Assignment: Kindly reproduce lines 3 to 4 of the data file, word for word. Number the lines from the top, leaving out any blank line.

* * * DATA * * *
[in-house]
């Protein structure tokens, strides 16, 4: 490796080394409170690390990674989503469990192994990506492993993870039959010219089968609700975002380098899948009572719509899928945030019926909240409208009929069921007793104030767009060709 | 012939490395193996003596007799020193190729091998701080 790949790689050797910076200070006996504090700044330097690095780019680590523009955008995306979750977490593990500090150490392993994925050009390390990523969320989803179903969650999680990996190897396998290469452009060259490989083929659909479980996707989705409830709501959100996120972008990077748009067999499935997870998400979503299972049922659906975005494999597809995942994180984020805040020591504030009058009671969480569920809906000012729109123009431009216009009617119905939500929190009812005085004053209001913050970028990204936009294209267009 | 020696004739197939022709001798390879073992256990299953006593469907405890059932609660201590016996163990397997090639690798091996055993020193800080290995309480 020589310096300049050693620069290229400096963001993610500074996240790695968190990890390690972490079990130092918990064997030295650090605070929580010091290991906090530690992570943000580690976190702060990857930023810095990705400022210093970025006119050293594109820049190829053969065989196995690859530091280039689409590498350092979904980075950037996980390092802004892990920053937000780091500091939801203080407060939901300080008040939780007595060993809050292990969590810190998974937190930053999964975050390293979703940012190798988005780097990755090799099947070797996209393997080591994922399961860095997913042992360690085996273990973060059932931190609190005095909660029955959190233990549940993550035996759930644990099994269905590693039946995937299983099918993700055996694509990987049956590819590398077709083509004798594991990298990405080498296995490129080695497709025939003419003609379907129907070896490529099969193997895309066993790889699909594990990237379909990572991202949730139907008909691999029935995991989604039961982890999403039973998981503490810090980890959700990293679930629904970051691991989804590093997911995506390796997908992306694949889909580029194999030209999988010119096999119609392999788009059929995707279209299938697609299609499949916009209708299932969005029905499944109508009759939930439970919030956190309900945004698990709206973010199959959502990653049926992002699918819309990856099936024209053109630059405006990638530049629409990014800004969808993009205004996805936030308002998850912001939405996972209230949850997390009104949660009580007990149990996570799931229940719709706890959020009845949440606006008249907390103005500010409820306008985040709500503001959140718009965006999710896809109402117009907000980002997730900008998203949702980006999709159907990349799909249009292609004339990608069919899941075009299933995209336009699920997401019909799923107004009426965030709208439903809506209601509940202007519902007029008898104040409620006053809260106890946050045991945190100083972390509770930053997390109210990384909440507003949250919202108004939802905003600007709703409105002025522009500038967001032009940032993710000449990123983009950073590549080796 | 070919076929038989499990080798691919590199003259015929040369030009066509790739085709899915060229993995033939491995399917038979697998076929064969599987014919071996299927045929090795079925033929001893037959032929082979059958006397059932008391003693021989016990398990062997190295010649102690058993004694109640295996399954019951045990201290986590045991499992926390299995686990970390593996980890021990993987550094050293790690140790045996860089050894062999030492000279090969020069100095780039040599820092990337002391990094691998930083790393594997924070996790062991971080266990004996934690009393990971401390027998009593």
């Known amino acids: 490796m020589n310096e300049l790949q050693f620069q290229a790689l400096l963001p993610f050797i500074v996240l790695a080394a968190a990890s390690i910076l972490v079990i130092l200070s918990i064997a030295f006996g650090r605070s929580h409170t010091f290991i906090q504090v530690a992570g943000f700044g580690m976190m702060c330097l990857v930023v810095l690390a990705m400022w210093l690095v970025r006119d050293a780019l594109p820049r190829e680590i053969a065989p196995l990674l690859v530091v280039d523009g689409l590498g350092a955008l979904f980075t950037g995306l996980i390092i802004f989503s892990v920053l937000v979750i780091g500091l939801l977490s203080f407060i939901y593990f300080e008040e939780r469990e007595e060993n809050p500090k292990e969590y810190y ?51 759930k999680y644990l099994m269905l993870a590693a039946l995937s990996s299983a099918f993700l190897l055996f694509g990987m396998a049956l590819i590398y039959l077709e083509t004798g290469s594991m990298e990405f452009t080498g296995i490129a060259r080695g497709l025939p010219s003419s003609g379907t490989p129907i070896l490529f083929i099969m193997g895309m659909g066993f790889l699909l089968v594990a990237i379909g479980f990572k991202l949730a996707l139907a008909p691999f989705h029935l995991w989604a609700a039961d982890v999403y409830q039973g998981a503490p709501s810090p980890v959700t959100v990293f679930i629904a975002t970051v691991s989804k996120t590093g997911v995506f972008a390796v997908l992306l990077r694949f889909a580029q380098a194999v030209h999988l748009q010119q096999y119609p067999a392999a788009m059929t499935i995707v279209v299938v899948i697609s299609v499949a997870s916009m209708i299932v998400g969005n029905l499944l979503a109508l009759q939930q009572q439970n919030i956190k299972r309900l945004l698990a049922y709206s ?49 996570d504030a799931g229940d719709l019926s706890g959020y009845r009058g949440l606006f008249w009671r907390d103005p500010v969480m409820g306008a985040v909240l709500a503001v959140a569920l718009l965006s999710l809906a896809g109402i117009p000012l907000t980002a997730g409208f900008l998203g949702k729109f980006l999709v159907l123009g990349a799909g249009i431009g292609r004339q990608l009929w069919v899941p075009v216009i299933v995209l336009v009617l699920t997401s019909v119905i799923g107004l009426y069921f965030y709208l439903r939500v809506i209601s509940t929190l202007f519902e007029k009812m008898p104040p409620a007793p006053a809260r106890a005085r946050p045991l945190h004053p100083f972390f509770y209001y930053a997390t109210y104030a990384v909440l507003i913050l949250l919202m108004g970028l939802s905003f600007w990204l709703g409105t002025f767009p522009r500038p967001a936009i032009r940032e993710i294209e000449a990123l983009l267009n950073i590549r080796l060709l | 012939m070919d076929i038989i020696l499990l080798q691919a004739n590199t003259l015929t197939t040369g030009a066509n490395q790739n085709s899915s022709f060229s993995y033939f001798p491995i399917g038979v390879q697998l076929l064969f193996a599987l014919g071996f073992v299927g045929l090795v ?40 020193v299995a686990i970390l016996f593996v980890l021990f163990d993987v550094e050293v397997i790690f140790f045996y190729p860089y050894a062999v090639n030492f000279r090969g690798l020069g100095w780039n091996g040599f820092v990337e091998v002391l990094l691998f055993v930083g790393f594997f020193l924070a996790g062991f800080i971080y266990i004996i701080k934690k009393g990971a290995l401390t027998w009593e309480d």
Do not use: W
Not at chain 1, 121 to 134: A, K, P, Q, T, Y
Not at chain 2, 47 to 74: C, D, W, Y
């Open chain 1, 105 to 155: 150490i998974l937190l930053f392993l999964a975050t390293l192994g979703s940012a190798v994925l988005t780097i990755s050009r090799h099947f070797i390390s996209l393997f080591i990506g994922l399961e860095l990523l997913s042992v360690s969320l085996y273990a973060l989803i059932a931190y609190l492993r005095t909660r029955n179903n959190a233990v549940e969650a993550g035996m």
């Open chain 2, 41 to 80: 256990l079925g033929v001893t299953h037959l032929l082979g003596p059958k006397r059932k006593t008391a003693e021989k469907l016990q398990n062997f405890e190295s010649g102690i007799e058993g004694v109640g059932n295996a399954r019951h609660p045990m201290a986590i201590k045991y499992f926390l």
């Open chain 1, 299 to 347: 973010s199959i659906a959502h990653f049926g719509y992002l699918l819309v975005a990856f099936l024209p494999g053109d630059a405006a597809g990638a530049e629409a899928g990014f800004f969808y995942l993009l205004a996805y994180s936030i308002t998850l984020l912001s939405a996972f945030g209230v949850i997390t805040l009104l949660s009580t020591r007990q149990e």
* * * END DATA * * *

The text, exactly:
């Known amino acids: 490796m020589n310096e300049l790949q050693f620069q290229a790689l400096l963001p993610f050797i500074v996240l790695a080394a968190a990890s390690i910076l972490v079990i130092l200070s918990i064997a030295f006996g650090r605070s929580h409170t010091f290991i906090q504090v530690a992570g943000f700044g580690m976190m702060c330097l990857v930023v810095l690390a990705m400022w210093l690095v970025r006119d050293a780019l594109p820049r190829e680590i053969a065989p196995l990674l690859v530091v280039d523009g689409l590498g350092a955008l979904f980075t950037g995306l996980i390092i802004f989503s892990v920053l937000v979750i780091g500091l939801l977490s203080f407060i939901y593990f300080e008040e939780r469990e007595e060993n809050p500090k292990e969590y810190y ?51 759930k999680y644990l099994m269905l993870a590693a039946l995937s990996s299983a099918f993700l190897l055996f694509g990987m396998a049956l590819i590398y039959l077709e083509t004798g290469s594991m990298e990405f452009t080498g296995i490129a060259r080695g497709l025939p010219s003419s003609g379907t490989p129907i070896l490529f083929i099969m193997g895309m659909g066993f790889l699909l089968v594990a990237i379909g479980f990572k991202l949730a996707l139907a008909p691999f989705h029935l995991w989604a609700a039961d982890v999403y409830q039973g998981a503490p709501s810090p980890v959700t959100v990293f679930i629904a975002t970051v691991s989804k996120t590093g997911v995506f972008a390796v997908l992306l990077r694949f889909a580029q380098a194999v030209h999988l748009q010119q096999y119609p067999a392999a788009m059929t499935i995707v279209v299938v899948i697609s299609v499949a997870s916009m209708i299932v998400g969005n029905l499944l979503a109508l009759q939930q009572q439970n919030i956190k299972r309900l945004l698990a049922y709206s ?49 996570d504030a799931g229940d719709l019926s706890g959020y009845r009058g949440l606006f008249w009671r907390d103005p500010v969480m409820g306008a985040v909240l709500a503001v959140a569920l718009l965006s999710l809906a896809g109402i117009p000012l907000t980002a997730g409208f900008l998203g949702k729109f980006l999709v159907l123009g990349a799909g249009i431009g292609r004339q990608l009929w069919v899941p075009v216009i299933v995209l336009v009617l699920t997401s019909v119905i799923g107004l009426y069921f965030y709208l439903r939500v809506i209601s509940t929190l202007f519902e007029k009812m008898p104040p409620a007793p006053a809260r106890a005085r946050p045991l945190h004053p100083f972390f509770y209001y930053a997390t109210y104030a990384v909440l507003i913050l949250l919202m108004g970028l939802s905003f600007w990204l709703g409105t002025f767009p522009r500038p967001a936009i032009r940032e993710i294209e000449a990123l983009l267009n950073i590549r080796l060709l | 012939m070919d076929i038989i020696l499990l080798q691919a004739n590199t003259l015929t197939t040369g030009a066509n490395q790739n085709s899915s022709f060229s993995y033939f001798p491995i399917g038979v390879q697998l076929l064969f193996a599987l014919g071996f073992v299927g045929l090795v ?40 020193v299995a686990i970390l016996f593996v980890l021990f163990d993987v550094e050293v397997i790690f140790f045996y190729p860089y050894a062999v090639n030492f000279r090969g690798l020069g100095w780039n091996g040599f820092v990337e091998v002391l990094l691998f055993v930083g790393f594997f020193l924070a996790g062991f800080i971080y266990i004996i701080k934690k009393g990971a290995l401390t027998w009593e309480d």
Do not use: W